This summer I did a research fellowship at the Library Innovation Lab, or LIL for short, and I enjoyed it immensely! Part of the Harvard Law School Library, LIL is a mixture between a start-up and design studio, staffed with a bunch of multi-talented developers, lawyers and librarians, working on a range of projects, from building a public API for the Caselaw Access Project, creating, mixing and sharing open source educational content with H2O, and preventing link rot with Perma, among other fun things. This buzzing environment played host, as I joined a cohort of six fellows and three interns from the Berkman Klein Center for Internet & Society.
The project I worked on during the fellowship naturally followed from my masters project, in which I created a modular, open-source digital edition of Katarina Kelsey‘s artists’ book Antigone Notes on GitHub.
During the fellowship, I studyed version control systems, praticularly git, and its pervasive use and application across various contexts and practices unrelated to source-code management. I became interested in the ways that git is appropriated by artists, designers, librarians, archivists, conservators, writers, academics and other non-technical users. The use cases that I encountered ranged from version controlling physical sculptures in a gallery setting, capturing and visualising the process of creating a zine, documenting best practices for conserving media art and the acquisition of software-based art, restoring early 1990s web artworks, crowdsourcing cooking recepies, travel advice, transcriptions and translations, collaborating on writing and cataloguing, blogging, notetaking, hosting and publishing DIY’s, design styleguides, elements, templates, typefaces, drawing tools, books and academic papers, to name a few.
These examples highlight the utility of version control in the work of a much broader spectrum of knowledge workers. The use of technology across disciplines is not necessarily something new, however, I would argue that what is new and fascinating from a librararian perspective is the important role that version control is set to play in digital information literacy. With the increasingly overwhelming amount of digital documents we create, edit and share, both for work and for leaisure, the need for efficiently managing changes and collaborating is ubiquitous. Another intriguing aspect that caught my attention is the historical developement of version control, from a component of document management systems to a stand alone open source systems designed for source code managament. Looking closely, third generation version control systems such as git integrate elements of document, records and file managaement systemes, making them a swiss-army tool for a variety of digital documents.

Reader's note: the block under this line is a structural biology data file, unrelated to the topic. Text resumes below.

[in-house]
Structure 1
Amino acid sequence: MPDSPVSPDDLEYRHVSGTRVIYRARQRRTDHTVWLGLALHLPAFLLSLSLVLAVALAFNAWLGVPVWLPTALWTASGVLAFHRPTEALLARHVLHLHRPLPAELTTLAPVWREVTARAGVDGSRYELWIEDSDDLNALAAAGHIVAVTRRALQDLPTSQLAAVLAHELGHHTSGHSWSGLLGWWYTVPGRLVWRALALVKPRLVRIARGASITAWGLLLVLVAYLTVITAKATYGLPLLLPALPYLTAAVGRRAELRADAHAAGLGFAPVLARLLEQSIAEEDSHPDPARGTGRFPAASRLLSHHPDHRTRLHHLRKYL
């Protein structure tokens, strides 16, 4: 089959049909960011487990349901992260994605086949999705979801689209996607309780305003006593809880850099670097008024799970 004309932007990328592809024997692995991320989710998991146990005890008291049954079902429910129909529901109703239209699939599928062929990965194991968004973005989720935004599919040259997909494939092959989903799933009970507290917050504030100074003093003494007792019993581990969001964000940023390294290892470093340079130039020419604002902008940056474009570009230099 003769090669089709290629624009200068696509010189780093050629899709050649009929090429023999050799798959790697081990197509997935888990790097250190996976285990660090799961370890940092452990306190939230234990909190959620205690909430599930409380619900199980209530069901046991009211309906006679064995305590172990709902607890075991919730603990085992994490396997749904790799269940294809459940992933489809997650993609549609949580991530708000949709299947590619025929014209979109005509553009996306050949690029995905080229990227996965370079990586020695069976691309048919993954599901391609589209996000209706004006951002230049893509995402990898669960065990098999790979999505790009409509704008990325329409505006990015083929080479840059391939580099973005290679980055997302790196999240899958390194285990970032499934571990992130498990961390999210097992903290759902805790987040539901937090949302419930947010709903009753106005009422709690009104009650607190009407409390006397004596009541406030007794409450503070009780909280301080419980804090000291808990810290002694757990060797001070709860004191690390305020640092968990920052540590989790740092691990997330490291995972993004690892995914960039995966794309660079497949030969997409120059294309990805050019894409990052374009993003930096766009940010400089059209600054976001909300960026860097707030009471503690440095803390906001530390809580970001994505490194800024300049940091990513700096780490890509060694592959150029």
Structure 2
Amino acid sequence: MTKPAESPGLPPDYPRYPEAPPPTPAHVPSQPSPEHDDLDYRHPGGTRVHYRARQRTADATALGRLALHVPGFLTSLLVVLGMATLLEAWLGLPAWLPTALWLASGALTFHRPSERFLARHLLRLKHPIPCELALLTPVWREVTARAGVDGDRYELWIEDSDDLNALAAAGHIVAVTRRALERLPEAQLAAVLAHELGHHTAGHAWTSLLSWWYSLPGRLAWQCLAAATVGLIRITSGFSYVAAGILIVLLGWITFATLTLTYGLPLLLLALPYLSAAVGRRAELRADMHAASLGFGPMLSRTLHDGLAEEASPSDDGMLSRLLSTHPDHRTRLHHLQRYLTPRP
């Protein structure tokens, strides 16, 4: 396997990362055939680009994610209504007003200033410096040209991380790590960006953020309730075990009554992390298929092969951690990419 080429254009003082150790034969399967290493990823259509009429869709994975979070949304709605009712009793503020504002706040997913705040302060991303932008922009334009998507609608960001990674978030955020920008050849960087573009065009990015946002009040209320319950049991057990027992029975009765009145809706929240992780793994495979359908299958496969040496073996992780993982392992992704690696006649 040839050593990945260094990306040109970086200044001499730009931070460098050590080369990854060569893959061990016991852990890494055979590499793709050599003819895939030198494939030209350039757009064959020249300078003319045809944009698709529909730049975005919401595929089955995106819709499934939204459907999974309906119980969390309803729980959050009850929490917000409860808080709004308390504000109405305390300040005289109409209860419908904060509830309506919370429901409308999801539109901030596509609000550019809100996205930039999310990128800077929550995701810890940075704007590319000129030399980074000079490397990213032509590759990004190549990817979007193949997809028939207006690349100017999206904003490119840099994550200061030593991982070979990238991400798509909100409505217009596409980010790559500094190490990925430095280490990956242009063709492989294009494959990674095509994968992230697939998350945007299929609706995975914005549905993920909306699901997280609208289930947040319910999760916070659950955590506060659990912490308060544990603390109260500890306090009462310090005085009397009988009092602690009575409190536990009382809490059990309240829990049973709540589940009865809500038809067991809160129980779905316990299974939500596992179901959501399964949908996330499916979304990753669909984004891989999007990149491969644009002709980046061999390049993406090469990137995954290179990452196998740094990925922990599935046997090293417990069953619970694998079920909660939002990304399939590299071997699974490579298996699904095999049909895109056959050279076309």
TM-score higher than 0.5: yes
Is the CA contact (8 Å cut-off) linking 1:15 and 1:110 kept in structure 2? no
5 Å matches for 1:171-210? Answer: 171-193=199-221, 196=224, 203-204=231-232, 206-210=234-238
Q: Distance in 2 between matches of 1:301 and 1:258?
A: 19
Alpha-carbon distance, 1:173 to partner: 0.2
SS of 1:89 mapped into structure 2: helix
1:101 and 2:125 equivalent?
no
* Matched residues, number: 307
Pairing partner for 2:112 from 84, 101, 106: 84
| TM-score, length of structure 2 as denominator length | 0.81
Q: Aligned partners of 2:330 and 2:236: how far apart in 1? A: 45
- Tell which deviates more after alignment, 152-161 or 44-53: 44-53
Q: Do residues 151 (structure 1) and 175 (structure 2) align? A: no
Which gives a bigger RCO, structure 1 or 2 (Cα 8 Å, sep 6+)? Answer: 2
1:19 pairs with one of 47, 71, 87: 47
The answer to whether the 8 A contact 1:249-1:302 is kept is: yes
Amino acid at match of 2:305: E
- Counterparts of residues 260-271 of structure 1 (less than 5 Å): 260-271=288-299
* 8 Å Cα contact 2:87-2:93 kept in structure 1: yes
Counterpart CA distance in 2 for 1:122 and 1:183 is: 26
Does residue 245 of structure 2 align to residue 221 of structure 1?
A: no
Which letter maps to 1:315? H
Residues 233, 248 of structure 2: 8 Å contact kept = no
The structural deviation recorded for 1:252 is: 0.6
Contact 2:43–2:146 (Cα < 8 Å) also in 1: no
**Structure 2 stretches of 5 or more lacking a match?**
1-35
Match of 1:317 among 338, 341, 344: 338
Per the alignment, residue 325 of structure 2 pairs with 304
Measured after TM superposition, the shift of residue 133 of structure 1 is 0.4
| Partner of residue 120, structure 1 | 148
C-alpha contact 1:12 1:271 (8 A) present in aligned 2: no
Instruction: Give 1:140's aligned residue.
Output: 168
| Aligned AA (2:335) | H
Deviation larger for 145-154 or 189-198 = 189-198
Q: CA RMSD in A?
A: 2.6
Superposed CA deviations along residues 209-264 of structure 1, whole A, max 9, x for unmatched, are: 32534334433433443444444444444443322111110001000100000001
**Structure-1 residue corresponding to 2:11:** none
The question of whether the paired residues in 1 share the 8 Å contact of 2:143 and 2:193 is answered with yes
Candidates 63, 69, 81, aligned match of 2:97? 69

My project focused on increasing the awareness of version control among artists and designers and creating educational content through which to introduce non-technical audiences to git. The challenges associated with this were threefold:
- create excitement about learning git
- contextualise version control to their practice
- tech from the ground up, with no prior knowledge or technical skills required
As a result, I developed and piloted git-physical at LIL, the first from a series of workshops through which patricipants can learn about git and its functionality by responding to creative chanllenges. In this workshop I focused on covering the basics: three-tree architecture, simple git workflow, and commands (add, commit, push). This is fairly standard for any beginners tutorial but contained a twist - the whole thing was completely analogue!
Participants engaged in a simplified version control exercise of image and text wile designing a postcard. Following the basic git workflow they took several versions of their work through git’s architecture - from the working directory, through the staging index, to the version database, as well as to a remote repository where each version was displayed. In the process the participants produced several versions of their design, each accompanied by a commit note.
Working in this way allowed participants to experience the workflow in a familiar setting and learn the basics in an interactive and social environment. By the end of the workshop everyone had ideas on how to implement git in their work and was eager to learn more.
The responces were really encouraging so I am currently working on developing another two workshops as part of series. Keep your eyes peeled!
If you want to read more about my thinking during the process of creating the workshop, you can read my guest post on LIL’s blog.